Third, on why people read:

Among all American adults:

  • 84% ever read to research specific topics of interest (29% do so nearly every day).
  • 82% read to keep up with current events (47% nearly every day).
  • 80% read for pleasure (35% nearly every day).
  • 57% read for work or school (31% do so nearly every day).

Fourth, who isn’t reading:

Several demographic traits correlate with non-book reading, Pew Research Center surveys have found. For instance, adults with a high school degree or less are about three times as likely as college graduates (40% vs. 13%) to report not reading books in any format in the past year. A 2015 Pew Research Center survey shows that these less-educated adults are also the least likely to own smartphones or tablets, two devices that have seen a substantial increase in usage for reading e-books since 2011. (College-educated adults are more likely to own these devices and use them to read e-books.)

Adults with an annual household income of less than $30,000 are about twice as likely as the most affluent adults to be non-book readers (33% vs. 17%). Hispanic adults are also about twice as likely as whites (40% vs. 23%) to report not having read a book in the past 12 months.

Older Americans are a bit more likely than their younger counterparts not to have read a book. Some 29% of adults ages 50 and older have not read a book in the past year, compared with 23% of adults under 50. In addition, men are less likely than women to have read a book, as are adults in rural areas compared with those in urban areas.

Fifth, the book reading trends haven’t changed too much in recent years:

The share of Americans who report not reading any books in the past 12 months is largely unchanged since 2012, but is slightly higher than in 2011, when the Center first began conducting surveys of book-reading habits. That year, 19% of adults reported not reading any books.

While Internet use (with the included possibilities of streaming audio and video) is taking up more and more time in daily life, it may take quite a while for reading books to becoming an activity for a small minority. And how could is disappear completely from certain settings such as schools and colleges?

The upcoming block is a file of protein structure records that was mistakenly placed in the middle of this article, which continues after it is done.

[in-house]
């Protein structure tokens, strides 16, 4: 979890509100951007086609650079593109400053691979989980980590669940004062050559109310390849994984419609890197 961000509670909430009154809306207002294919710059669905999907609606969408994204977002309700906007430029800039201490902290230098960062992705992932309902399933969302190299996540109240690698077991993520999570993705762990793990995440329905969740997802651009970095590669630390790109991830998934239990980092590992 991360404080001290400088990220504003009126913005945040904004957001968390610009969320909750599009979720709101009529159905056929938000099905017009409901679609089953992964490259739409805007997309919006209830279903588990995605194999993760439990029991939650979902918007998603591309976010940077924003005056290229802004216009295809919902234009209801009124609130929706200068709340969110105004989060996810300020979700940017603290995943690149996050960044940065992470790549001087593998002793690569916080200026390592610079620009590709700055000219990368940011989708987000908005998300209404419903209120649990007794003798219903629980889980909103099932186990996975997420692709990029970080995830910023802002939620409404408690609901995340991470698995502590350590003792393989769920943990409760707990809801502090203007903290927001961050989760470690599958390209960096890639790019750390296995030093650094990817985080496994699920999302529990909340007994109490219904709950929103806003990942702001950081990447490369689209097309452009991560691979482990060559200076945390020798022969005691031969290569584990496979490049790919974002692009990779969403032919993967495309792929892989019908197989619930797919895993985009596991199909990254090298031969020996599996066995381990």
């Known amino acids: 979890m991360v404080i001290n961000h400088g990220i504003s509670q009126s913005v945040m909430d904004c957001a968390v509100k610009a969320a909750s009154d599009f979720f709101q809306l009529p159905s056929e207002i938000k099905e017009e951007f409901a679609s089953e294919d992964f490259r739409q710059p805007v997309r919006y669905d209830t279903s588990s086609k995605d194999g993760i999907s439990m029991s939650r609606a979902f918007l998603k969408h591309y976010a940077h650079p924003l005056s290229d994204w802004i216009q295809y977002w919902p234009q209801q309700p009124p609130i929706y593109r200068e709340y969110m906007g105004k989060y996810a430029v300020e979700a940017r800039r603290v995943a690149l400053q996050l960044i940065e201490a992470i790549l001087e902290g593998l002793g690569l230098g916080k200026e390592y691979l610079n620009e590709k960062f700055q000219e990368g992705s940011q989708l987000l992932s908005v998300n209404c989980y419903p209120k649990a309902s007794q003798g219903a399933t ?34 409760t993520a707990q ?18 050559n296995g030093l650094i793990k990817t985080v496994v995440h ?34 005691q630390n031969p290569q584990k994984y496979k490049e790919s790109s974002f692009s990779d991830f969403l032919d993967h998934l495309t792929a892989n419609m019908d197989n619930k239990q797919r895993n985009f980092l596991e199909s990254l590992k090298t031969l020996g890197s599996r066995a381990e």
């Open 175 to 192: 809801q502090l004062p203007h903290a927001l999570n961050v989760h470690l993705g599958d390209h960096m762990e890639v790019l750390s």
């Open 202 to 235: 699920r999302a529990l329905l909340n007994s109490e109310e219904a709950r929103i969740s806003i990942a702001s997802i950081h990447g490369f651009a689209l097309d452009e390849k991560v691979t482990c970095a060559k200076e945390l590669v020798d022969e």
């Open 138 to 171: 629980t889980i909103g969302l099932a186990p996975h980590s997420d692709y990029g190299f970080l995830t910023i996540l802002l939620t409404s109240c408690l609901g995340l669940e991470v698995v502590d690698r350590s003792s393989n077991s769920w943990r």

The biggest time-use diary archive in the world

Numerous scholars are making use of the 850,000+ person days recorded in diaries and held in a UK archive:

Today, these files are part of the biggest collection of time-use diaries in the world, kept by the Centre for Time Use Research at the University of Oxford, UK. The centre’s holdings have been gathered from nearly 30 countries, span more than 50 years and cover some 850,000 person-days in total. They offer the most detailed portrait ever created of when people work, sleep, play and socialize — and of how those patterns have changed over time. “It certainly is unique,” says Ignace Glorieux, a sociologist at the Dutch-speaking Free University of Brussels. “It started quite modest, and now it’s a huge archive.”

The collection is helping to solve a slew of scientific and societal puzzles — not least, a paradox about modern life. There is a widespread perception in Western countries that life today is much busier than it once was, thanks to the unending demands of work, family, chores, smartphones and e-mails. But the diaries tell a different story: “We do not get indicators at all that people are more frantic,” says John Robinson, a sociologist who works with time-use diaries at the University of Maryland, College Park. In fact, when paid and unpaid work are totted up, the average number of hours worked every week has not changed much since the 1980s in most countries of the developed world…